My mother in law was a pretty cunning big sister.
She'd make herself a glass of orange squash and make one for her little sister at the same time. Her own would always be that little bit fuller. Hang on, said little sis after a while, I'm really thirsty too .Why do you always get a bit more than I do? Big sis would take a big gulp of her own squash, compare the glasses again and tell little sis she'd now got the better deal - so she'd take a small sip of hers just to even things out.
It took little sis a few years before she worked out that she'd have been better off saying nothing - or perhaps making her own squash.
The moral of the story? Never trust your big sister and what you need isn't always what you get.
I used to see those two glasses of squash every time journalists asked the former Secretary of State, Paul Murphy, whether the Barnett formula - the formula that determines the size of the block grant that's paid to the devolved nations - should be revisited. His answer would always be one version or other of 'be careful what you wish for'. Watch it, he'd say. You could end up with less, worse off then you are now. After all on average Wales gets about £7,000 per head in spending compared with just over £6,000 in England. Draw attention to it and you just might find the guys - in England - who make the orange squash decide that's not fair and take a sip of yours.
Last week Gerald Holtham and his team published their take on the Barnett formula. It was, they concluded "arbitrary" and out of date. It ought to be scrapped and a formula put in its place that takes account of need. Such a formula, they said, would be a complex one and it couldn't be introduced overnight but if need was its driving principle that would mean comparatively more squash for Wales, not less.
"In the absence of reform" said chairman Gerald Holtham, "we calculate that by the end of the next decade the Barnett formula could have underfunded Wales by as much as £8.5billion - equivalent to £2,900 per Welsh resident".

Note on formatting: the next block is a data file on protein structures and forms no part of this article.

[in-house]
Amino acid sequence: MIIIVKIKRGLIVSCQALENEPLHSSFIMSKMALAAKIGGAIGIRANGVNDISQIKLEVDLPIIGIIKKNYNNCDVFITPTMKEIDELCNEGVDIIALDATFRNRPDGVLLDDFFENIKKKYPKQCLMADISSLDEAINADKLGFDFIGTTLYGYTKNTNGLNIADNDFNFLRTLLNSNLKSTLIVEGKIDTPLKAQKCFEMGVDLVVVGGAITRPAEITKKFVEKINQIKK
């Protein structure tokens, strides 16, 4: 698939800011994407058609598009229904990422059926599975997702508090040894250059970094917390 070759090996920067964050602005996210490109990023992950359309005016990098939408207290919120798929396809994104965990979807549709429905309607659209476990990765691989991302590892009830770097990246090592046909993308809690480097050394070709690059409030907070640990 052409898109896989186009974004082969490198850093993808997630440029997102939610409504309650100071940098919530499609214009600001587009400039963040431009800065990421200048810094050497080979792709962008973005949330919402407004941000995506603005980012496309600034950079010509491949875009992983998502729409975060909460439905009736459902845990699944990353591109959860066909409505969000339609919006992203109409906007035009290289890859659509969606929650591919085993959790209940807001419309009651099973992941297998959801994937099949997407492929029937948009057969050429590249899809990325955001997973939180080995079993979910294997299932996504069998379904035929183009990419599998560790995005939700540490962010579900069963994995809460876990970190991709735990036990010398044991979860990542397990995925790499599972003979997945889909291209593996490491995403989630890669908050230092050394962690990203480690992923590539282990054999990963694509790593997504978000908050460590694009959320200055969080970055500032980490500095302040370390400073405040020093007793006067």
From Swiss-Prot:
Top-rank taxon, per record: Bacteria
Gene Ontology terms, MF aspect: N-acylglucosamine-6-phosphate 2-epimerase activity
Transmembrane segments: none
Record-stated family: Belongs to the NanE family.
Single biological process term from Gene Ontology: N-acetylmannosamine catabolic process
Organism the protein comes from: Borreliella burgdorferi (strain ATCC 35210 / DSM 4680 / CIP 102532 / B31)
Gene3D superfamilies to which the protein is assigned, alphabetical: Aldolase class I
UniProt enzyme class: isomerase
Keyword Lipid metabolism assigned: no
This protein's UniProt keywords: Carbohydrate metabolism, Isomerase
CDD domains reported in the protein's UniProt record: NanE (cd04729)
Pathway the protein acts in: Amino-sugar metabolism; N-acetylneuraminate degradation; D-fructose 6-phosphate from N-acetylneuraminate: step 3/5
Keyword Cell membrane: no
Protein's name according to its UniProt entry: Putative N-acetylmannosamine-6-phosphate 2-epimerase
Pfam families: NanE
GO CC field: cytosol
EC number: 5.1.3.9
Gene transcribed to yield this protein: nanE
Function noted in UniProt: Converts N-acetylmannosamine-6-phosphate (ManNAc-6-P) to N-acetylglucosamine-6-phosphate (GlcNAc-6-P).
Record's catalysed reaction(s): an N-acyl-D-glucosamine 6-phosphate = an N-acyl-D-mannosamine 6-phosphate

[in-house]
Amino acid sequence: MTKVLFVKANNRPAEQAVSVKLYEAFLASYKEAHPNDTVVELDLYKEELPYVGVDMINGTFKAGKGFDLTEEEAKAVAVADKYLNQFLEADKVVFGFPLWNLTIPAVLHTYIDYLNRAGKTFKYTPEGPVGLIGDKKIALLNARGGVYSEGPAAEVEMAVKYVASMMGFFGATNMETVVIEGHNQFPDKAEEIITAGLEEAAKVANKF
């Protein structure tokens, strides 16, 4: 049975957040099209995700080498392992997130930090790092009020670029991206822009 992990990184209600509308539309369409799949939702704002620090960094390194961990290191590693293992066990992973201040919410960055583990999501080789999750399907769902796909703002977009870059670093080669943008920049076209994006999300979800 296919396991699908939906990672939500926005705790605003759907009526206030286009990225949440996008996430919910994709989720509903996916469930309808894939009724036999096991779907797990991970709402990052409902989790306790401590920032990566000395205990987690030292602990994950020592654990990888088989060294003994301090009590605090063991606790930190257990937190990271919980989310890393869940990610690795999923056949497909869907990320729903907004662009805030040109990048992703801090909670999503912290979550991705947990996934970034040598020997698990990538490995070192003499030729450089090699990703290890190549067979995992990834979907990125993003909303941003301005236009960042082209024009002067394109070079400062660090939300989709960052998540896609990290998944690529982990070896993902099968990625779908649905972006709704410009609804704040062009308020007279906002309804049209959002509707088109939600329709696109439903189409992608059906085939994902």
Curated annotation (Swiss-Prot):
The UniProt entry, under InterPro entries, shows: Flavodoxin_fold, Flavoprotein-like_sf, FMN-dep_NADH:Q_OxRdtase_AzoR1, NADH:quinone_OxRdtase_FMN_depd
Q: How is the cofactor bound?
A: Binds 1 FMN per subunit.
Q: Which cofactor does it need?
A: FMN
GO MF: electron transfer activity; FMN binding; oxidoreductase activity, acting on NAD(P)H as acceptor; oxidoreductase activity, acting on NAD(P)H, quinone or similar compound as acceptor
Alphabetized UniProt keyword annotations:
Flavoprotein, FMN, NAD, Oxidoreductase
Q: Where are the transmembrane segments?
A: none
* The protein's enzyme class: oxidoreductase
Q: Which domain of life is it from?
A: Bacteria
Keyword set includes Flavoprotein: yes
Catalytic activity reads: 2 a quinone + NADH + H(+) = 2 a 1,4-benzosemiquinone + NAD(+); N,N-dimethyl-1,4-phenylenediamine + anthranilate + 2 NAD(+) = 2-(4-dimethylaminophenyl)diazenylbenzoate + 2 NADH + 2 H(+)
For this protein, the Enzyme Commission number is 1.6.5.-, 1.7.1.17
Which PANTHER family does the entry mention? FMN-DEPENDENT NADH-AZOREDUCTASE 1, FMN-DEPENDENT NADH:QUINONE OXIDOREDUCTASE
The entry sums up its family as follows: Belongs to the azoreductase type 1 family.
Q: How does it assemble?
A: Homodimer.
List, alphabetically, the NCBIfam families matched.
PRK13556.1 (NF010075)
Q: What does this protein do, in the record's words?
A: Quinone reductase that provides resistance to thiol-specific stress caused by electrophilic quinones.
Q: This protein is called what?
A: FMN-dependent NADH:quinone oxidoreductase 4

Now the House of Lords Committee on the Barnett formula has added "unfair" to "arbitrary". Its time, says the Committee, is over. After over 30 years the formula should be replaced with a different system, one that recognises the per capita need, the changing needs of each of the countries in the UK. Those changes
I haven't read it all yet but one line will jump out at Ministers in Cardiff Bay. It's this one:
"When the Committee considered a range of indicators of need it became clear that Wales and Northern Ireland have greater needs per head of population than Scotland and England - the current allocations made through the Formula give Scotland more funds, per head of population, than appears to be justified when compared to Wales and Northern Ireland and their needs".
In other words give Scotland a bit less but Wales and Northern Ireland? They should get a bit more. Hear hear Ministers will say, though surely not celebrating the conclusion that England and Scotland have "markedly lower" overall needs than we do in Wales.
There's an argument too that finding a different way of delivering the block grant is possible and absolutely desirable. Shaun Woodward, the Secretary of State for Northern Ireland, might think it "would amount to a reinvention of the wheel" says the report. The Committee disagrees.
None of this means Mr Woodward's boss has to scrap the Barnett formula of course. Mr Brown's hand won't be forced by this report and neither would Mr Cameron's either for that matter but it does surely mean the "be careful what you wish for" argument will be considerably harder to make in Wales in future.